34. I just want to thank the mint team for an incredible OS. I have been a closet “minter” for years and have recently with 19.1 and now 19.2 almost completely switched to Mint. Almost as I am still dual booting with windows (sigh – its brought on a few tears on an HP envy PC) as there are a rare few important programs which only runs on that OS (wine does doesn’t cut it for them). The choice to use mint is simply that it breathes new life into older PCs where windows over the years have become slower and slower. The rest of the family runs windows 10 on brand spanking new machine – which is why I am on the hand me downs. Which I dont mind (with mint). Would I ask them to switch/dual boot – no – I can see myself just endlessly chasing forums to find solutions to the sometimes exotic issues that once in a while pop up (very happy there is timeshift when a new kernel comes). The command line and I am also getting friendlier and the power in the terminal is awesome – but I am definitely a user. A happy user most of the time who is awed by this version of linux. Truely a mint. Thank you.

  35. suggestion: in /etc/lsb-release file the DESCRIPTION var contains the codename, eg “Linux Mint 19.2 Tina” Is it possible to omit the codename in the description eg. “Linux Mint 19.2” ? I can get separately the description or the codename with lsb_release -d or lsb_release -c in scripts. Not sure why codename is in two places.

    1. How about just: lsb_release -d | awk ‘{print $2,$3,$4}’
      Or make an alias for it. I don’t know if there may be a “standard” format for the lsb-release file (don’t have other systems to check at the moment).

  36. Wow! I hope that the Linux Mint team is very proud of their work because with this release you have once more set the bar even higher. Keep it up! Best wishes to you all.

    1. For minecraft, get the .deb from the official site. Also ensure you default your java to 8 and not 11. Just went through this “bump” on my 2 teens laptops.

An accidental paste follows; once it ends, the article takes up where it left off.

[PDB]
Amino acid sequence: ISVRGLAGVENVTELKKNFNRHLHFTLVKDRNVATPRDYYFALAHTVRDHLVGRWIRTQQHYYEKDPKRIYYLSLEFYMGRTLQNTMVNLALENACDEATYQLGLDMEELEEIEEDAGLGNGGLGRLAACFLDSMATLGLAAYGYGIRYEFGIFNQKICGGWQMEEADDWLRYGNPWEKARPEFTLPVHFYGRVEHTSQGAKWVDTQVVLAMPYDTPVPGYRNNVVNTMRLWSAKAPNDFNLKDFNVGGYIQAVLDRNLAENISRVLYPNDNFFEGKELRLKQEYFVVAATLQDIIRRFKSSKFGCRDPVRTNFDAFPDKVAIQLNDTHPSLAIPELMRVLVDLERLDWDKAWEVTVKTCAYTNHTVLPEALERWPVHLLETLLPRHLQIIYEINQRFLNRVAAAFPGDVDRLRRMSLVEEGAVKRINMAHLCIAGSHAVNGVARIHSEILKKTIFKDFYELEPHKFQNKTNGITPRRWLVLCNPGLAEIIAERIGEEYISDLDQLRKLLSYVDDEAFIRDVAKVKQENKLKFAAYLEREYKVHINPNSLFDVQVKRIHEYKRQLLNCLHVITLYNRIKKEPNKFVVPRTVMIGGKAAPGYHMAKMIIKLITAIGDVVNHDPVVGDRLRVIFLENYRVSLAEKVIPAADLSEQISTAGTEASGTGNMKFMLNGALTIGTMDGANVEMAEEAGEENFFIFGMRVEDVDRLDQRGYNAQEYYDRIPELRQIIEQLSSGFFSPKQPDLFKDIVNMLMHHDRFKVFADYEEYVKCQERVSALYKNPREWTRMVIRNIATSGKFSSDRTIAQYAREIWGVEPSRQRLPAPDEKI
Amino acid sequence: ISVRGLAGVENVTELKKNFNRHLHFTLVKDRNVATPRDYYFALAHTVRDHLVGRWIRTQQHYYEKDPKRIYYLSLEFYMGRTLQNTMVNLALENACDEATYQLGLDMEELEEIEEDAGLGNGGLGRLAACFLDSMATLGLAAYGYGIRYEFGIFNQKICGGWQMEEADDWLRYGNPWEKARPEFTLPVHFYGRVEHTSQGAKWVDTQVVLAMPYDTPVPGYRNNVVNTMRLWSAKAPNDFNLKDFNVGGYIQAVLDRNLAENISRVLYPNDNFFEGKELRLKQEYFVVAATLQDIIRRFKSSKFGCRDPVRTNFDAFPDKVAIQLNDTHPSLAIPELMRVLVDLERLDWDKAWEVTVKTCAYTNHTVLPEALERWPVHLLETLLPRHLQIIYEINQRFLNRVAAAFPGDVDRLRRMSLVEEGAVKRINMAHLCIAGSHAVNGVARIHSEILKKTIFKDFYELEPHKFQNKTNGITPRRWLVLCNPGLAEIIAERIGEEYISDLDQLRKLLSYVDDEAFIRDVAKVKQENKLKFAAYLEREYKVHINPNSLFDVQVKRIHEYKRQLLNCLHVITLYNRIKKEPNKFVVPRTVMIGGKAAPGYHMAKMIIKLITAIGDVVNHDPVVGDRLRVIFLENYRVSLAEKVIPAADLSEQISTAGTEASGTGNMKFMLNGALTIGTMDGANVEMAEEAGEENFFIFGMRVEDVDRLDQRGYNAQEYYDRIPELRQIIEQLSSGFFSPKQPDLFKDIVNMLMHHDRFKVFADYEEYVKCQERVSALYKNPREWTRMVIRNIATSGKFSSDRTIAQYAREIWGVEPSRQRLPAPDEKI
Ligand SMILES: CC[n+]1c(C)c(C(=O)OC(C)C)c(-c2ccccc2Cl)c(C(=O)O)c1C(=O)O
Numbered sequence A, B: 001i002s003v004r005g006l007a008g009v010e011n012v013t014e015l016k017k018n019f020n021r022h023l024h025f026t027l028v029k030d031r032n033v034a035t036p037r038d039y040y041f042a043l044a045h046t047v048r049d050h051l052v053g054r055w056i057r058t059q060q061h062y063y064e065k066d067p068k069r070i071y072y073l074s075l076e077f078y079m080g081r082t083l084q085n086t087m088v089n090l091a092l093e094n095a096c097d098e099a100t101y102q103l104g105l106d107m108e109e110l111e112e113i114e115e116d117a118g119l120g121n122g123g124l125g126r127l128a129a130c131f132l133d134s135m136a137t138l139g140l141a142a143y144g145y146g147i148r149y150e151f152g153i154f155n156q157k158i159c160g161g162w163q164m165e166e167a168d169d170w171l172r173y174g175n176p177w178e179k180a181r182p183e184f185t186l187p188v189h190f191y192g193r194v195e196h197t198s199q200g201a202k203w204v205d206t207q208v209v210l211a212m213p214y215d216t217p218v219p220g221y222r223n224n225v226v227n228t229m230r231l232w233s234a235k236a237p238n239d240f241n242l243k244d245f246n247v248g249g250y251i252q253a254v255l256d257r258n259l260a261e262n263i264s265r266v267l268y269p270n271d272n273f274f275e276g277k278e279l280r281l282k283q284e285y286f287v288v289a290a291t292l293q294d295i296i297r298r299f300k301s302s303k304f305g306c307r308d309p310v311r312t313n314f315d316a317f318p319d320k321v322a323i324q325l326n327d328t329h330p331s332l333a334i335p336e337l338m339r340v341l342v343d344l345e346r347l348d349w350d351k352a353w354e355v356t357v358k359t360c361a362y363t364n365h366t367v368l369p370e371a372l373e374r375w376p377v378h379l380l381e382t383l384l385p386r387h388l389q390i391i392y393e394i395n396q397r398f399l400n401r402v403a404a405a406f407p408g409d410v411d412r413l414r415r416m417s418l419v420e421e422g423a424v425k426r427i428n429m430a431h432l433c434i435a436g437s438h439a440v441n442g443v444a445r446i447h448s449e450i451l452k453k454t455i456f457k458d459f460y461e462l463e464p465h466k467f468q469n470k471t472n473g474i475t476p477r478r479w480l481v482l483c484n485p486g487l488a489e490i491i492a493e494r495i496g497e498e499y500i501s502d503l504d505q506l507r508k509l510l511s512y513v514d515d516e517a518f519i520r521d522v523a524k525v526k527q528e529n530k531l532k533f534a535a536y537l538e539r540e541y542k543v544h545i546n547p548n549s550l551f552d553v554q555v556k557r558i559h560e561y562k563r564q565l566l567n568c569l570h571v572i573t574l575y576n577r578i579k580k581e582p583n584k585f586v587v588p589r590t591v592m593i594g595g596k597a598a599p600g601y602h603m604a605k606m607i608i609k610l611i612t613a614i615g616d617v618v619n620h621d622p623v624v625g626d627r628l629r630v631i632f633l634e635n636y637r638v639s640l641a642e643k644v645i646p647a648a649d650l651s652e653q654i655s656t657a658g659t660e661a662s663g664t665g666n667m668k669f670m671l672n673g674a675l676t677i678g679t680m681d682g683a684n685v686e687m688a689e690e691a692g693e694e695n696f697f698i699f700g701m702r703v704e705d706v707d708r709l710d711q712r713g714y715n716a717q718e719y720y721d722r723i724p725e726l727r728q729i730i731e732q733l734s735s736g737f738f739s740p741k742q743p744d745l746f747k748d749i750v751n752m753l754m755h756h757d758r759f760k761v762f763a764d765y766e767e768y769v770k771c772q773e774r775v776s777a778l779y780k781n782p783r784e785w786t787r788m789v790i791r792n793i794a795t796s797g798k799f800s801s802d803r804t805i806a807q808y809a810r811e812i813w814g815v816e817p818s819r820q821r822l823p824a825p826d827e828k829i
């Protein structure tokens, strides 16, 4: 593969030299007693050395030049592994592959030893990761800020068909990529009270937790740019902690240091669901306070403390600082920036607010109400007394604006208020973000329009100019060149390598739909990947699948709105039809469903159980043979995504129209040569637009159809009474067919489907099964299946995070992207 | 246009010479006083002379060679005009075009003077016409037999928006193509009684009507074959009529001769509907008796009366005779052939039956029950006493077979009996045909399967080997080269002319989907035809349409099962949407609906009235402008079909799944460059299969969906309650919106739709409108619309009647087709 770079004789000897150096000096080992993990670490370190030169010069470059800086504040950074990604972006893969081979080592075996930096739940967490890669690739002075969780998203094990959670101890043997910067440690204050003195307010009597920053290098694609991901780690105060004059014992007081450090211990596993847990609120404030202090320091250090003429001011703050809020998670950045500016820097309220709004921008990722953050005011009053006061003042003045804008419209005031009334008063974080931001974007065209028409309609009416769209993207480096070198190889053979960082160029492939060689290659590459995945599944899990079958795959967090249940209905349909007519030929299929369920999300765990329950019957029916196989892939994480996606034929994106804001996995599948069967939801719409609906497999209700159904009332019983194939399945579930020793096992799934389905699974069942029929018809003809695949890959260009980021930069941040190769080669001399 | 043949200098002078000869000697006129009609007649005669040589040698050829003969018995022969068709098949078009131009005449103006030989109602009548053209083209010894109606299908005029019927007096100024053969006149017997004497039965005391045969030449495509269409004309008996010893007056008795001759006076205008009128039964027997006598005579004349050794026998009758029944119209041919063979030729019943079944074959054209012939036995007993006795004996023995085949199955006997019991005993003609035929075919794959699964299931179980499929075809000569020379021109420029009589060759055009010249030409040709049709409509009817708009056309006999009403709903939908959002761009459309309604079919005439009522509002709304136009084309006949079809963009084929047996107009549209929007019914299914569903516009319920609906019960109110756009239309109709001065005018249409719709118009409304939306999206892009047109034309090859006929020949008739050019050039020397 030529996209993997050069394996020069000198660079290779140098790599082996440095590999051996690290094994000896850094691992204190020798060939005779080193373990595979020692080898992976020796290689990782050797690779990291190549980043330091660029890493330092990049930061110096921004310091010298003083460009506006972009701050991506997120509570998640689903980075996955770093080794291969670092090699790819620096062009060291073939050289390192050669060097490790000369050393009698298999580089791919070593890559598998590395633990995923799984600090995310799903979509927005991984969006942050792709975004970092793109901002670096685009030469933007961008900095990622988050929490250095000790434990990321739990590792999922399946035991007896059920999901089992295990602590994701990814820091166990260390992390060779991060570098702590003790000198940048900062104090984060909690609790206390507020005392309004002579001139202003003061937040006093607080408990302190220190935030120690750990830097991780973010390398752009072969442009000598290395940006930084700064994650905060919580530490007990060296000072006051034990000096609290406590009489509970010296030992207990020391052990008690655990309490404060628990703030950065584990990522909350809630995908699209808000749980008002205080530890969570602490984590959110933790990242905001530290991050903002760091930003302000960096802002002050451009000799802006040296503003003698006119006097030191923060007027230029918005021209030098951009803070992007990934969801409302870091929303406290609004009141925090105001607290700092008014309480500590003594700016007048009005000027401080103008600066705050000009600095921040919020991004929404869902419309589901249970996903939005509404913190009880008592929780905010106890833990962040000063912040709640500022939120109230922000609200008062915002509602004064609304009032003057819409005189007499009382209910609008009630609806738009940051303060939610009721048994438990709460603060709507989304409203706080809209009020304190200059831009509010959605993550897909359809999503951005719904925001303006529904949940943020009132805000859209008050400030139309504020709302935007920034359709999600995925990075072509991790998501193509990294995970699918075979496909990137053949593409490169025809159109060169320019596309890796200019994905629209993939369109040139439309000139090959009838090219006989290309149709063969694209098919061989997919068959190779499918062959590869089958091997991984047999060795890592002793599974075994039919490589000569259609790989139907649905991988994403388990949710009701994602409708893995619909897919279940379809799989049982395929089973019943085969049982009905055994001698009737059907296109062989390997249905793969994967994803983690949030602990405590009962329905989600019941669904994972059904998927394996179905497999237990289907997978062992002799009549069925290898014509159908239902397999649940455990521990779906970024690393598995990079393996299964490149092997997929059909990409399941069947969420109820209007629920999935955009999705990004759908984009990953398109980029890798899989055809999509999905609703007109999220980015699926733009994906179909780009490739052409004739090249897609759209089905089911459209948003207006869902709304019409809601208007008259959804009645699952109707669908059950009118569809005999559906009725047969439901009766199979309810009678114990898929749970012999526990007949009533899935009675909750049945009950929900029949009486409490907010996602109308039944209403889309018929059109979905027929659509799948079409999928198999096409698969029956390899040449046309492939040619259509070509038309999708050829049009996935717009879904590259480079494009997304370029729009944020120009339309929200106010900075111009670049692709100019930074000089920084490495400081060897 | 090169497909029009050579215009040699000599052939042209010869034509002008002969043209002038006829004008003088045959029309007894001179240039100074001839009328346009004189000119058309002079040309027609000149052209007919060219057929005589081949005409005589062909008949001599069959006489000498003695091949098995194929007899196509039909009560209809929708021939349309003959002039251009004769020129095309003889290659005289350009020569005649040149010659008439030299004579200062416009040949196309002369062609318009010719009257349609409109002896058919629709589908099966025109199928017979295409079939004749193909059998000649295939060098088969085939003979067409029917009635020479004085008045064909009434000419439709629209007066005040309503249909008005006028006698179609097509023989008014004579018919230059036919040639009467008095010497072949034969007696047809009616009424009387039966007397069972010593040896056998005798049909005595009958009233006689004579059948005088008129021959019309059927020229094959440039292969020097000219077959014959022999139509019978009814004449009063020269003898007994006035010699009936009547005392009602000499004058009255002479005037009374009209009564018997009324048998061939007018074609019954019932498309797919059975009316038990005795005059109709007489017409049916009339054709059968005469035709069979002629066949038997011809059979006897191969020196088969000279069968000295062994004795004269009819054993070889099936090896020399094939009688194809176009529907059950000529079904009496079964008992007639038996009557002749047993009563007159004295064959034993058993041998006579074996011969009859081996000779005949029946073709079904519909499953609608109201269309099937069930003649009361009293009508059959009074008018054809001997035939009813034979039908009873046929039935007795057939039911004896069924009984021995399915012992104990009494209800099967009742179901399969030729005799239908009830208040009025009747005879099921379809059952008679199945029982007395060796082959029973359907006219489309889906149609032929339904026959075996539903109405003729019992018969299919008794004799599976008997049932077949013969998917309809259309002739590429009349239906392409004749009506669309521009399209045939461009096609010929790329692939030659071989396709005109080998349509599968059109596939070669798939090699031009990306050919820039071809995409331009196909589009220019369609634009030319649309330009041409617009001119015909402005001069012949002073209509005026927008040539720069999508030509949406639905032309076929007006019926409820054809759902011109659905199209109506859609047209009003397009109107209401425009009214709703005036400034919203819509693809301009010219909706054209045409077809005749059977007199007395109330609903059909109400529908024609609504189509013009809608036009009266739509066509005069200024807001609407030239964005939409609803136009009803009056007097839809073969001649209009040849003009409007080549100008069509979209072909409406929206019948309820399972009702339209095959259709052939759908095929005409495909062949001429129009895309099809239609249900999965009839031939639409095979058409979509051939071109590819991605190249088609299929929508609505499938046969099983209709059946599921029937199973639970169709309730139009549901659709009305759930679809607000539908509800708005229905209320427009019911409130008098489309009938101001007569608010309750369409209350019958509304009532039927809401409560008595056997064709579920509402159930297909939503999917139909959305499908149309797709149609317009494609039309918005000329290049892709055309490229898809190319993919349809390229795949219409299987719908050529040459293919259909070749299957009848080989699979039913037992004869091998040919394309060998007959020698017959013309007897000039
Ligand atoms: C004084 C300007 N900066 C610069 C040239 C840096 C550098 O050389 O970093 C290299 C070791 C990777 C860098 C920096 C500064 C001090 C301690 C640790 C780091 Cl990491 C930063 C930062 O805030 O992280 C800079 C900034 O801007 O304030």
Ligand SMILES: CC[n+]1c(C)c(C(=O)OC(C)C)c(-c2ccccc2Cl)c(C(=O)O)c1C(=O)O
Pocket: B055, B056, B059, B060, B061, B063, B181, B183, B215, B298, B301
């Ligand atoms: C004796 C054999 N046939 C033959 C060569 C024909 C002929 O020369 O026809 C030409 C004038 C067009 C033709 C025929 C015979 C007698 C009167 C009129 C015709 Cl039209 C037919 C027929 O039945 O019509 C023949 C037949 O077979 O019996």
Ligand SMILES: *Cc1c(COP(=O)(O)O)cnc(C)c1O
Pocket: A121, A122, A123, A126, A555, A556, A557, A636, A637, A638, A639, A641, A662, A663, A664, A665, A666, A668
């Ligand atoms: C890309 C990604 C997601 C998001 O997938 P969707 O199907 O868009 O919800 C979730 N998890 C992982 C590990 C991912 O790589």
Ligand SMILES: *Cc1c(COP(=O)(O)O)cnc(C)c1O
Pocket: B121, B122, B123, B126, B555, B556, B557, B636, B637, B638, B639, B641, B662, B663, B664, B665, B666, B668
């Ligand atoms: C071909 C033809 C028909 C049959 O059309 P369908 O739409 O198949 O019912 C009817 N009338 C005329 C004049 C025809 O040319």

2. If we install the package from the PPA repository or another source, it would be pointless to have it in the official repository. My feedback is about installation issue of the package in the repository. It should be clear from the shared connection that I can easily install from the PPA repository.

  37. Hello, Mint is a great distro but I think quite a few guys would welcome native batch renamer in Nemo (I know about Thunar, but it’s installation just for bulk renaming is… not elegant at best). And another feature – epub thumbnail support in Nemo. I know it all means a lot of work, but perhaps in any future release….? I guess hearing constant requests for new features may be wearisome, so sorry if you feel that way.

  38. Clem, I really appreciate that you and your team are also taking the “fit and feel” finish of Cinnamon seriously. I don’t have any idea what other sorts of these kinds of legacy subsystems still exist within the framework of Cinnamon (courtesy of Gnome) but as you tackle them, it seems like you folks have a history of doing a good job replacing them.

    I’m really looking forward to the future when I have my next laptop, and LM 20 or 21 is out, and I’ll finally be able to appreciate the rest of the fully-3D accelerated rendering that will be available, along with the HiDPI support you will have by then been laying the groundwork for quite a while. 🙂